U.S. economic development would have been virtually impossible without the active role of the U.S. government. From inception, the government used its legal authority and military force to open the country for settlement. In so doing, it used military force to conduct 1,500 wars, attacks, and raids against Native Americans — the most attacks against a native population of any country in the world. This resulted in 374 treaties that recorded the destruction of an estimated five million indigenous people. Most treaties, ironically, begin with the phrase “ this treaty is being offered in peace and friendship”.
The government to compete effectively with England directly accelerated economic development by approving slavery as an institution. Four million slaves provided the U.S. with a cheap source of labor to jump-start the economy and compete effectively against England. One dollar in 1830 would be worth approximately $278.00 today. Imagine what it would have cost to pay four million people daily for their labor for approximately 100 years.
Large-scale plantation farming would have been impossible without slave labor, which, in turn, was dependent on government authority. The Supreme Court opined that slaves had no civil rights and would “never become full citizens with rights”.
The original sin of genocide, land grabs, and slave labor was carried forward into the Western movement, and the doctrine of Manifest Destiny. The government provided free land grants of 640 acres, below-market financing, and eminent domain (legalized land theft) to help finance and drive the growth of the railroad, which opened up transportation across the U.S.
The U.S. government even approved the killing of buffalo to eliminate the food source of Native Americans who lived on the plains, essentially driving them to extinction.
If our government was able to further economic development through genocide, slavery, and racism, why can’t it use its power to further genuine humane economic development, meaning a commitment to inclusion and equitable access to and distribution of resources? Economic justice, driven in part by the government, and your efforts, is key to eliminating poverty.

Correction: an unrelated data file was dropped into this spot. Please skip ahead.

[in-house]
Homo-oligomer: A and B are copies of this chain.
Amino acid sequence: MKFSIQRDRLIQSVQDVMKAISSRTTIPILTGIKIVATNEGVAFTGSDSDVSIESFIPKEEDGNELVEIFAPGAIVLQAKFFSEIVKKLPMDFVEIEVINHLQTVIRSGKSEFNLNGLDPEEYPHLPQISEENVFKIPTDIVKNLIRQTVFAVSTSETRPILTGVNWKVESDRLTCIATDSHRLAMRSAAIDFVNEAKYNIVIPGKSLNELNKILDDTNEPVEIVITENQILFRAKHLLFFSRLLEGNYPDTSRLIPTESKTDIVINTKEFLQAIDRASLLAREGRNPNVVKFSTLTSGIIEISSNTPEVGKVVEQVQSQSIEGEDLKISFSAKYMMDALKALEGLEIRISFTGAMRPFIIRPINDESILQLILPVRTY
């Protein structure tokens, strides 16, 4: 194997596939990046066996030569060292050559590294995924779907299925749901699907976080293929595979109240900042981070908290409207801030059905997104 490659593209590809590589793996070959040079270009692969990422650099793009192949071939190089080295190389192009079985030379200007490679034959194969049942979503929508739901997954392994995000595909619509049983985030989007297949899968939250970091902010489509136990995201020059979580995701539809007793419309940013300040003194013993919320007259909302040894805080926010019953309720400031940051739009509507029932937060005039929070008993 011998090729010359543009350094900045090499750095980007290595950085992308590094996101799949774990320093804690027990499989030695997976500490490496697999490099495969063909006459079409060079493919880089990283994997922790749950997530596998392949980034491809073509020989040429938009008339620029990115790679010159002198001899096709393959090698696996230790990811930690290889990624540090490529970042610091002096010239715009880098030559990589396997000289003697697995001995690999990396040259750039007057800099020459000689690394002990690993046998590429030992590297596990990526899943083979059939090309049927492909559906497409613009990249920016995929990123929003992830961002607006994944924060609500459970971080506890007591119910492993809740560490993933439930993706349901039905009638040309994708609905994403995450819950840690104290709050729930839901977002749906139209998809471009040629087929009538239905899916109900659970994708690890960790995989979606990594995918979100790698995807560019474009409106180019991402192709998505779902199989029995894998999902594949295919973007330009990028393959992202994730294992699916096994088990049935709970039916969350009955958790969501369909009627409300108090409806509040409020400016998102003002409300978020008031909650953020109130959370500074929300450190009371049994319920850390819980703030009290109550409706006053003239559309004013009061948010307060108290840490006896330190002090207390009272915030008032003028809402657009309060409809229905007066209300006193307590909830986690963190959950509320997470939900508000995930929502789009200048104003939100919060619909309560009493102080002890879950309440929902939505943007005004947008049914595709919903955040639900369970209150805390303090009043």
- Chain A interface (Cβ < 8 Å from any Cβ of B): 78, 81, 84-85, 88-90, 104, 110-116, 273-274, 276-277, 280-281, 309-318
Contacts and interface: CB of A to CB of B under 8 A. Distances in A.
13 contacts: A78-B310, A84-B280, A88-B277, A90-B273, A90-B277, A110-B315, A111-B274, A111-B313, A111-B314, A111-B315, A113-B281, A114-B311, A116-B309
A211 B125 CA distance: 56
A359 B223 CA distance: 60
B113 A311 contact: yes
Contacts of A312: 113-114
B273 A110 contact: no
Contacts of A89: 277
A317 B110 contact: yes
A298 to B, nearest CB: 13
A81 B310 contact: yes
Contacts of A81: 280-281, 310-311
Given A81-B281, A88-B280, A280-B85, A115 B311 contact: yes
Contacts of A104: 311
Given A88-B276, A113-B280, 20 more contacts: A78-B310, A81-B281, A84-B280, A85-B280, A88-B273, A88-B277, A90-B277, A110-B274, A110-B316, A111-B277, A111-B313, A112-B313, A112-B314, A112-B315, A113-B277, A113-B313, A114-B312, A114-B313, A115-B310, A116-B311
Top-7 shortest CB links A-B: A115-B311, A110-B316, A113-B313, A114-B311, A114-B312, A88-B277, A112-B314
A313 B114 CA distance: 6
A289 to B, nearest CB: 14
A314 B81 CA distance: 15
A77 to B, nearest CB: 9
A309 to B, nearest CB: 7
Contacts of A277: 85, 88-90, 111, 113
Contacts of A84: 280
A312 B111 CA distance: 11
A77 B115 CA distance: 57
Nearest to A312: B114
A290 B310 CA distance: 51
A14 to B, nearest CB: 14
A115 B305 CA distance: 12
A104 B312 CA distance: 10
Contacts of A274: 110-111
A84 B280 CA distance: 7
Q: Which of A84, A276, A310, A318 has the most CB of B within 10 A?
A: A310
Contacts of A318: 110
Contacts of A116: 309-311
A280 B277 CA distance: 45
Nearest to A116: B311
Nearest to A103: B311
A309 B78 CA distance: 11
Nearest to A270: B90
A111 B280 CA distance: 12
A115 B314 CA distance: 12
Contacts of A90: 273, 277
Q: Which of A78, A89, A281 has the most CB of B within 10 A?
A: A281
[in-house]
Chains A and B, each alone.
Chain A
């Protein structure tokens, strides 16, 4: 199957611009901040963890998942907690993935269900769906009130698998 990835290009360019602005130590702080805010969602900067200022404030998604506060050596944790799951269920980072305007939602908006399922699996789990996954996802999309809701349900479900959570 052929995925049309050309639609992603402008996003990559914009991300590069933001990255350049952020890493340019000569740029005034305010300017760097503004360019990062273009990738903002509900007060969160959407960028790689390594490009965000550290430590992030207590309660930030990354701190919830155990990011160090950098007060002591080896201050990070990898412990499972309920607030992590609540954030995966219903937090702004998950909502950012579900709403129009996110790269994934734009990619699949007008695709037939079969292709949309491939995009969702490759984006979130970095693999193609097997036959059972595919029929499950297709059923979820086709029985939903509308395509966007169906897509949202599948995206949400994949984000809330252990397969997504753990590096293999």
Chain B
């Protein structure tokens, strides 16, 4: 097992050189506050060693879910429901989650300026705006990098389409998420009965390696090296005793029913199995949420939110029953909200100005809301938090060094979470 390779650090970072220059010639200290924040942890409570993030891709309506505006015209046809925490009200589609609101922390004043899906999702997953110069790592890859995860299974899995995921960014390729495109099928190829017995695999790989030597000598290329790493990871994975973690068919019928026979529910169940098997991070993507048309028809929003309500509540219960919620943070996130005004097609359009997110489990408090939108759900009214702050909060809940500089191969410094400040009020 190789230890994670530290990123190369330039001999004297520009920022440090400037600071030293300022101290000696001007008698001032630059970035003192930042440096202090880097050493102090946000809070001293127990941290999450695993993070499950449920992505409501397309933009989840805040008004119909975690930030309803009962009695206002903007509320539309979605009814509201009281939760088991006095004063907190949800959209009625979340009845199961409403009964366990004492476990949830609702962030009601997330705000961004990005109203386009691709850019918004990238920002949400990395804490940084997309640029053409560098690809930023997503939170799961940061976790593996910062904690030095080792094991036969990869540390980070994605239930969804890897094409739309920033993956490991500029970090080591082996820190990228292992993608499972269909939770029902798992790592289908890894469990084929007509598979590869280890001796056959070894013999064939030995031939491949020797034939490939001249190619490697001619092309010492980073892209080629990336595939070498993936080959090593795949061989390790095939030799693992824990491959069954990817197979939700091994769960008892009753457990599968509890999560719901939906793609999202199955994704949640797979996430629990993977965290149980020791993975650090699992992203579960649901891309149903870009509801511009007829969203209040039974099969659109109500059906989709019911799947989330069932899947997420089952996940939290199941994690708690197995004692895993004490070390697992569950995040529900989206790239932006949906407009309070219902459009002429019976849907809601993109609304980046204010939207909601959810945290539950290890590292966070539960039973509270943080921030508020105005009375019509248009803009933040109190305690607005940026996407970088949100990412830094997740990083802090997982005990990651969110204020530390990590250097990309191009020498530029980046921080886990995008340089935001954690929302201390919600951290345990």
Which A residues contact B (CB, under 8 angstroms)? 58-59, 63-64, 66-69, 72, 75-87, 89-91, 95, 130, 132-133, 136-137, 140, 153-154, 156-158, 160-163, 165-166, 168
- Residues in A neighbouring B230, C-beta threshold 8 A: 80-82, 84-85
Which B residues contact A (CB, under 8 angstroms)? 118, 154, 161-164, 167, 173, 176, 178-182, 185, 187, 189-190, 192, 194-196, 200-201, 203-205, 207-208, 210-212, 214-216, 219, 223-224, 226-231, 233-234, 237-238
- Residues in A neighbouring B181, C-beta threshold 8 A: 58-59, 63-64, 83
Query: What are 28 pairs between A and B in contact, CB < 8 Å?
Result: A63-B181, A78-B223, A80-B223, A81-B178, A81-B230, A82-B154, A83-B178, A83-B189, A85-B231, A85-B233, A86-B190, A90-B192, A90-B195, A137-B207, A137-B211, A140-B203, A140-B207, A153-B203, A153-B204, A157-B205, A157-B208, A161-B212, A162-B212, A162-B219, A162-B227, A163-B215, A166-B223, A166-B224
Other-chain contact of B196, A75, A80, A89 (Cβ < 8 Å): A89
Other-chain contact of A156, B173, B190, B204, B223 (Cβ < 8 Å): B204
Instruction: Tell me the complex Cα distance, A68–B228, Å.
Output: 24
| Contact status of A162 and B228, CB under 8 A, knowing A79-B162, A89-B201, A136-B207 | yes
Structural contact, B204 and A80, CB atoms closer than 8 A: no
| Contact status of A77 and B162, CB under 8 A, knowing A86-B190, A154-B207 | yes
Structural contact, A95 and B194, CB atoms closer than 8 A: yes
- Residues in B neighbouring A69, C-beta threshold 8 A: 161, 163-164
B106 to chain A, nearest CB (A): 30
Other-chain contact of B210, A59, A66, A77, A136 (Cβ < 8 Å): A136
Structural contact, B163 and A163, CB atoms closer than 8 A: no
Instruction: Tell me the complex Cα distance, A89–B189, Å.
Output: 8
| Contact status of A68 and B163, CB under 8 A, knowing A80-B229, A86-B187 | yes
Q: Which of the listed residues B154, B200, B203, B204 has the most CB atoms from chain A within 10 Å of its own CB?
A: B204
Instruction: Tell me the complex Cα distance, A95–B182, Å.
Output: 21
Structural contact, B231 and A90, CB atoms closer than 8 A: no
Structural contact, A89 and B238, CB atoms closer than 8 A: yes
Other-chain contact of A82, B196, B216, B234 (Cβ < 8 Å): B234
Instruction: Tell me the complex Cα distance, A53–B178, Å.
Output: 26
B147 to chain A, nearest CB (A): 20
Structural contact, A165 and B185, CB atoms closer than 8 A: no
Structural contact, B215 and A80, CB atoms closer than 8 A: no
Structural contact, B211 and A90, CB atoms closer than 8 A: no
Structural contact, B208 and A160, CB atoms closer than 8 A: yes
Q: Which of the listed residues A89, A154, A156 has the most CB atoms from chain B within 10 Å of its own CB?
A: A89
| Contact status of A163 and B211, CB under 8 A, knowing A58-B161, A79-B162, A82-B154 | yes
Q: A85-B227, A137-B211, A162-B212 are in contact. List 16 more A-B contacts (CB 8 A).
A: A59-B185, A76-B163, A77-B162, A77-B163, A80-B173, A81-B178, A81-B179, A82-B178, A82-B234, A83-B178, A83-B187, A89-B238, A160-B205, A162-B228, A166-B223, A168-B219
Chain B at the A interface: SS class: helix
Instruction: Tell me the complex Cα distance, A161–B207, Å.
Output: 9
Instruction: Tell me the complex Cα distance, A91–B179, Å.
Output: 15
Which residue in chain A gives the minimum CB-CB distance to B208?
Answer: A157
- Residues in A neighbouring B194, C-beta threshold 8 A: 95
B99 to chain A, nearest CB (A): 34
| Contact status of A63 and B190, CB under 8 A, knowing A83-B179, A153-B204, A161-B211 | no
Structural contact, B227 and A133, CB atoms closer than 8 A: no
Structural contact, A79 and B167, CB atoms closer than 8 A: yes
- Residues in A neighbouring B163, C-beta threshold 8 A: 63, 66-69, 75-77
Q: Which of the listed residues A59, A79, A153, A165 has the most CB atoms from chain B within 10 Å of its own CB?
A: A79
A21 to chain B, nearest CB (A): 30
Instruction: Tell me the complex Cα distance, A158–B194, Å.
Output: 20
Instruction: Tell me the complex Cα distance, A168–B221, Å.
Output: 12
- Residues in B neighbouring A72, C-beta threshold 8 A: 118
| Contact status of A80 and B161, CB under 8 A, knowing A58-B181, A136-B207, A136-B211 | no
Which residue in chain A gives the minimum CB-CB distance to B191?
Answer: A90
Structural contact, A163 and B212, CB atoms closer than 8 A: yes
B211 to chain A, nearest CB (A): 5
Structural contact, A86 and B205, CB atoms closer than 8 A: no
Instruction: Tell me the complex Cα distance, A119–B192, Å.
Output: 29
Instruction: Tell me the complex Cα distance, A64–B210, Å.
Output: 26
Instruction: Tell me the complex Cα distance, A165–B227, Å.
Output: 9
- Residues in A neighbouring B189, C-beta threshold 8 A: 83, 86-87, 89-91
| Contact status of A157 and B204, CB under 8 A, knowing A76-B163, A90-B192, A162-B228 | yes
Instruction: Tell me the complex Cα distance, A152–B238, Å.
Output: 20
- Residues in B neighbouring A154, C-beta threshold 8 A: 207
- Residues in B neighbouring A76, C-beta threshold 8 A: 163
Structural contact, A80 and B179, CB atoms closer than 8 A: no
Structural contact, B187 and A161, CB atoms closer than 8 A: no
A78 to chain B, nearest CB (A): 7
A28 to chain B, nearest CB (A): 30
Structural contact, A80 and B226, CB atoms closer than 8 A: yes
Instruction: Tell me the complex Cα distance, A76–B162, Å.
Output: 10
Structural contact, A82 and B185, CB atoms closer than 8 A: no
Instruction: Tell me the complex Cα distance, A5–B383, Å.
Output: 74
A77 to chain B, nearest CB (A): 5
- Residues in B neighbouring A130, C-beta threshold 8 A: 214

What You Can Do:
All suggestions below assume protective behavior against Coronavirus.
- Recognize the power of the government to drive positive social change. Discuss it with your friends. Put an end to the idea that good government is no government at all. Good government is attached to guiding humane policies and ends; it needs good people to speak up and push it forward.
- Get active locally. Find out how poverty and racism work in your area. Lift the covers on poor areas, see what projects you can contribute too, attend city council open meetings and speak up about your concerns. Visit wealthy neighborhoods or gated communities and protest wealth differences and what all people can do to improve the situation.
- Join Black Live Matter, but make sure that issues of poverty, social class, and race are discussed. Build a platform on economic justice; eliminate new forms of modern slavery.
- Openly challenge the government to support initiatives that drive humane economic development. Support raising the minimum wage to $20.00 per hour for anyone who works in a company that generates over $50 million in profits. Fight for a guaranteed annual wage for all individuals. No households in America should be poor, worried about food, paying medical bills, keeping the heat on in the winter, and buying books for their kids at school, for example.
- Work for progressive candidates that support qualitative change in the role and purpose of government to help make our everyday lives more peaceful and secure, enrich the environment, and make sure that every child receives a quality education. There are plenty of solid candidates to choose from in every local area.
- Show up to vote. While it may true that our favorite candidates didn’t make it to the presidential level, this is one election that is critically important; Trump must go.
- Stand on any corner with a sign that states your beliefs; freeway overpasses are good venues. If you are worried about Coronavirus, protest with a few friends at six-foot distances. There’s plenty of room on the street.
- Volunteer to help at food banks. Use care in wearing a mask, keep appropriate distances, and wash your hands.